Another recommendation for management or human resource representatives is to clearly state what is expected from each employee. That is, whenever employees are presented with something worth negotiating, they will be given all the details of what is expected before they can do so. By doing so, it will make it harder for men and women to negotiate differently based off of their gender. If expectations are the same for both male and female, it will eliminate the gender gap and make it less competitive to negotiate what you want based off of if you are a man or a woman. Also, the goals of the organization should be obvious to all employees and should not differ based on gender. This will lead to better outcomes for employees as well as the company. The employees that are in the position to make decisions should also be clear about what they are basing their decision on and what they want from it when they are presented with a negotiation. By being clear in these situations, men and women will know what they are supposed to do and how they should negotiate. Although men and women have different negotiation tactics, making expectations known within the company will hopefully decrease the decision bias presented in the negotiation.
There are many companies that excel in training other businesses on how to improve their company. One company thats main goal is to teach other companies how to deal with change and how to make decisions is TiER1 Performance. What TiER1 Performance does is create training programs and solutions for other companies that are going through a major change. This could mean a management change, strategy change, or even a human resources change. By hiring a company like TiER1 Performance, management and human resources can learn an effective way to deal with how men and women negotiate differently and what they should base their decisions on. TiER1 Performance has helped improve many major companies, such as Oakley, Fifth Third Bank, Cintas, Macy’s, McDonalds, and many other companies. Hiring a company like this one would be an excellent way to see how men and women negotiate differently and what they could do to lead to fair outcomes. Also, hiring a consulting company would be helpful to managers and human resource representatives to learn ways on how gender affects negotiation and come up with strategies on how to deal with these different strategies.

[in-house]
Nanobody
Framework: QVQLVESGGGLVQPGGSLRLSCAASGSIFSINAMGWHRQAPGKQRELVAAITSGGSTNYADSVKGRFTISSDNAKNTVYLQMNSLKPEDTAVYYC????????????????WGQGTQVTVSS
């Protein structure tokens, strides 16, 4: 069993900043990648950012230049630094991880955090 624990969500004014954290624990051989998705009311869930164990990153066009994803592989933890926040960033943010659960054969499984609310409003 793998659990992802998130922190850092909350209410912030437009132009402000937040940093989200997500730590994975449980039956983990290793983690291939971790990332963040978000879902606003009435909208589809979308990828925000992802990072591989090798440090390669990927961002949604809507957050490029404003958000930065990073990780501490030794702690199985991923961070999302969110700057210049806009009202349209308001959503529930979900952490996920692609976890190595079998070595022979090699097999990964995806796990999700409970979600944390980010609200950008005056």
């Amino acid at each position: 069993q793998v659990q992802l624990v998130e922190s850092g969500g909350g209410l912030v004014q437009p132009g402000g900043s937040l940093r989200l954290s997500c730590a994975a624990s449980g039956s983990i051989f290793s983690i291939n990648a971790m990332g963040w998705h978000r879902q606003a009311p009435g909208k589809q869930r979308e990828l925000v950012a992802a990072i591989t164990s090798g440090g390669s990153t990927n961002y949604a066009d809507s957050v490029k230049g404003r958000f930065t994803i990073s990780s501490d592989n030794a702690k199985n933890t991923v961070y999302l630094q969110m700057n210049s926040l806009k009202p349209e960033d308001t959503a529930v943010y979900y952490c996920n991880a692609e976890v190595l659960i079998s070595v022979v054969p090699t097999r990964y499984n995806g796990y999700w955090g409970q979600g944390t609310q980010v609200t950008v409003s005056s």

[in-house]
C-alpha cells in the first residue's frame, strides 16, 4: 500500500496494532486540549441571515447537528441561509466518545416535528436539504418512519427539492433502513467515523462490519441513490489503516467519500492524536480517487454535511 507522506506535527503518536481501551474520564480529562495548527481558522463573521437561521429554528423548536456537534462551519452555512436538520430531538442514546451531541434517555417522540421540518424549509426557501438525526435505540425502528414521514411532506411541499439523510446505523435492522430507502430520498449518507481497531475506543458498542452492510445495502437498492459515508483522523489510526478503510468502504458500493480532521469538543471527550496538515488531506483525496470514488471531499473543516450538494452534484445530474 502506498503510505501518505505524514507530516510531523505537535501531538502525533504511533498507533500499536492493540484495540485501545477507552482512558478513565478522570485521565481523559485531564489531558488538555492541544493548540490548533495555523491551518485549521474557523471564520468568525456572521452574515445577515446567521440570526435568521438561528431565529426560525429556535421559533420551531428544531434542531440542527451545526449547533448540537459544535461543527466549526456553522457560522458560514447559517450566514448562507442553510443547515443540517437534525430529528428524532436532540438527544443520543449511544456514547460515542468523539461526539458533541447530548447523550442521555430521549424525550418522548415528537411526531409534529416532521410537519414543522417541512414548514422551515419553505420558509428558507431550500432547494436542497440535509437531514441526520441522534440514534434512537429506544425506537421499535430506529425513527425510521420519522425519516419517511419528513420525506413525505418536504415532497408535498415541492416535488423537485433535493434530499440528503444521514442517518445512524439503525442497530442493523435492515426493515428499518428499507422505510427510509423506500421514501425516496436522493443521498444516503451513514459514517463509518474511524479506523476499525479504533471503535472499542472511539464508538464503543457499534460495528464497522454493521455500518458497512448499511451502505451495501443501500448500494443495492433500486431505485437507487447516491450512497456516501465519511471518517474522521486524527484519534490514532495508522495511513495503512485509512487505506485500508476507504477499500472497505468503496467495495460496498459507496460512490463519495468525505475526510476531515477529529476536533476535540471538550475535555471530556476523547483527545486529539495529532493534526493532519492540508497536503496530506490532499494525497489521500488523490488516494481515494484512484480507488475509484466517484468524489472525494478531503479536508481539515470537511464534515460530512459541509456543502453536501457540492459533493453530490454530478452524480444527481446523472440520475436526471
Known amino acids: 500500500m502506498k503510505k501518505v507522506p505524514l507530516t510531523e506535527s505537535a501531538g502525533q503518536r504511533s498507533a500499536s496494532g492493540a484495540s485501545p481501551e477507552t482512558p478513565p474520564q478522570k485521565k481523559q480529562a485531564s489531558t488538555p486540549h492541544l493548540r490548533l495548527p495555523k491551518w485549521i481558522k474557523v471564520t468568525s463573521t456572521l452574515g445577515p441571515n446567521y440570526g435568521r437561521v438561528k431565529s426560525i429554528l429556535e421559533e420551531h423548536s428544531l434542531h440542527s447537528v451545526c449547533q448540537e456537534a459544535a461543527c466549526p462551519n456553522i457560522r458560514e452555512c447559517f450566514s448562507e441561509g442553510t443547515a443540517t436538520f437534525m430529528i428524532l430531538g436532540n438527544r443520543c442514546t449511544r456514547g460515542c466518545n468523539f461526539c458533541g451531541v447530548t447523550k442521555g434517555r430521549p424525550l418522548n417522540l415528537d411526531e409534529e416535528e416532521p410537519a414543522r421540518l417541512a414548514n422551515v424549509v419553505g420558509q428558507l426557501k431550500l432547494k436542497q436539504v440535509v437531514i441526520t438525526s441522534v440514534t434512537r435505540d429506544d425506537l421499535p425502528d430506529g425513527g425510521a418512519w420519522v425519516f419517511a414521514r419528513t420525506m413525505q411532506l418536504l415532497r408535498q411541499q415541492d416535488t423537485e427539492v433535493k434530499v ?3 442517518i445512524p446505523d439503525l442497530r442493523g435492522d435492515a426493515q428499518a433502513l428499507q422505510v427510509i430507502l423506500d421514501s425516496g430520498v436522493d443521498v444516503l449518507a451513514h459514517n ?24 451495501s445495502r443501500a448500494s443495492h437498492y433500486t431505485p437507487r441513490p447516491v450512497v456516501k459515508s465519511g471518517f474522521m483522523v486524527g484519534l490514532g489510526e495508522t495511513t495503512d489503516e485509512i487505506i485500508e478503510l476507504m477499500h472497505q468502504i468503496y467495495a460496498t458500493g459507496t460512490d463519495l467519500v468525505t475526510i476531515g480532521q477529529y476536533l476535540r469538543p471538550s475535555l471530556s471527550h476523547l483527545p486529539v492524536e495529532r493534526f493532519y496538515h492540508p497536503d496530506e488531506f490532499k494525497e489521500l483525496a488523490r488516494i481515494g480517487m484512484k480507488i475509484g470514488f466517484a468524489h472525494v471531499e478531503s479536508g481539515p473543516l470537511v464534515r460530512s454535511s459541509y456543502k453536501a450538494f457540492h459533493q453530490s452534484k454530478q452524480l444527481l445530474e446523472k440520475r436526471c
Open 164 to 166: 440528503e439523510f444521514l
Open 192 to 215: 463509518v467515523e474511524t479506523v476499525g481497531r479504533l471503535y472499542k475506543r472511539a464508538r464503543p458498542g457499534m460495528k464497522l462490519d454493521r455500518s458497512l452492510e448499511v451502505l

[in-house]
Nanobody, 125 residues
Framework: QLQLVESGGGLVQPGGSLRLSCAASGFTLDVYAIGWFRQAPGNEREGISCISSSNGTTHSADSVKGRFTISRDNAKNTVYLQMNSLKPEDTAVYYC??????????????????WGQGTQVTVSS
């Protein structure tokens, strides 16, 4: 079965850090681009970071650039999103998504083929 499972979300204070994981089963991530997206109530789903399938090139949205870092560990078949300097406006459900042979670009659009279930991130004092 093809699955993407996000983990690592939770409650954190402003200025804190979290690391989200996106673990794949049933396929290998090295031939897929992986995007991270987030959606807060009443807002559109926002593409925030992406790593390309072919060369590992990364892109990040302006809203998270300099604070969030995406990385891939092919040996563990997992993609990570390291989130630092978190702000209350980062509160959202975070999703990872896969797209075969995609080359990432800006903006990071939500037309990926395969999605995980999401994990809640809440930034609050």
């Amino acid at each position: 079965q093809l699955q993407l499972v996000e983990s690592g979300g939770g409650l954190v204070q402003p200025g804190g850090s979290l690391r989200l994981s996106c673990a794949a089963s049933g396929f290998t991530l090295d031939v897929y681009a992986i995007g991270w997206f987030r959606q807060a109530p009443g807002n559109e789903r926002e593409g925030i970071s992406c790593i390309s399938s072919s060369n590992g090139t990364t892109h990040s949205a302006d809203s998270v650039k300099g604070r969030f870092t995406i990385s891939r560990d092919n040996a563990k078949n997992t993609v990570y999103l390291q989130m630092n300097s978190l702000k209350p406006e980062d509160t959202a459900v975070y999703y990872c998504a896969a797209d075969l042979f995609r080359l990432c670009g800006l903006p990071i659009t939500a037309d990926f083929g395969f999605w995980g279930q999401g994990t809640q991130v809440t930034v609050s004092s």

Since men and women negotiate differently, it is important that businesses use these recommendations to fairly make decisions. It is known that the way different genders negotiate lead to different negotiated outcomes, which can be seen as unfair and unethical. By using training programs, male and female human resources representatives, making benefits and incentives equal, clearly stating what employee expectations are, and hiring businesses such as TiER1 Performance, companies can efficiently tackle negotiation problems and make decisions in the fairest way possible.
After our research, it is clear how important negotiating is in the business world. It is the method of communication used for searching for an agreed solution between two parties, whether that be a sale, salary, business to business, or even in the family unit. Not only does the skill of negotiating have many applications in the business world and everyday life, it is important to understand how many different variables affect how negotiations are made.
One of the biggest factors to consider when negotiating is ethics. Ethics plays the key role of being the motivation behind the negotiation tactics used. Ethics is not the only variable that affects negotiation. It is clear that a person’s gender also plays a key role in motives for negotiation, and how ethical people are in a setting where negotiation is present. It is found that women are much more ethically motivated, and men are more financially motivated. Therefore, men are more likely to be unethical when the matter being negotiated is financial. With men and women having different traits when negotiating, it gives them different advantages over each other in certain situations. For example, women are more morally driven when negotiating and men are more financially motivated and more willing to negotiate unethically to see financial gain. It is clear that if people are not educated in negotiation, these different factors can cause problems when negotiating if one does not know how recognize and approach these different problems.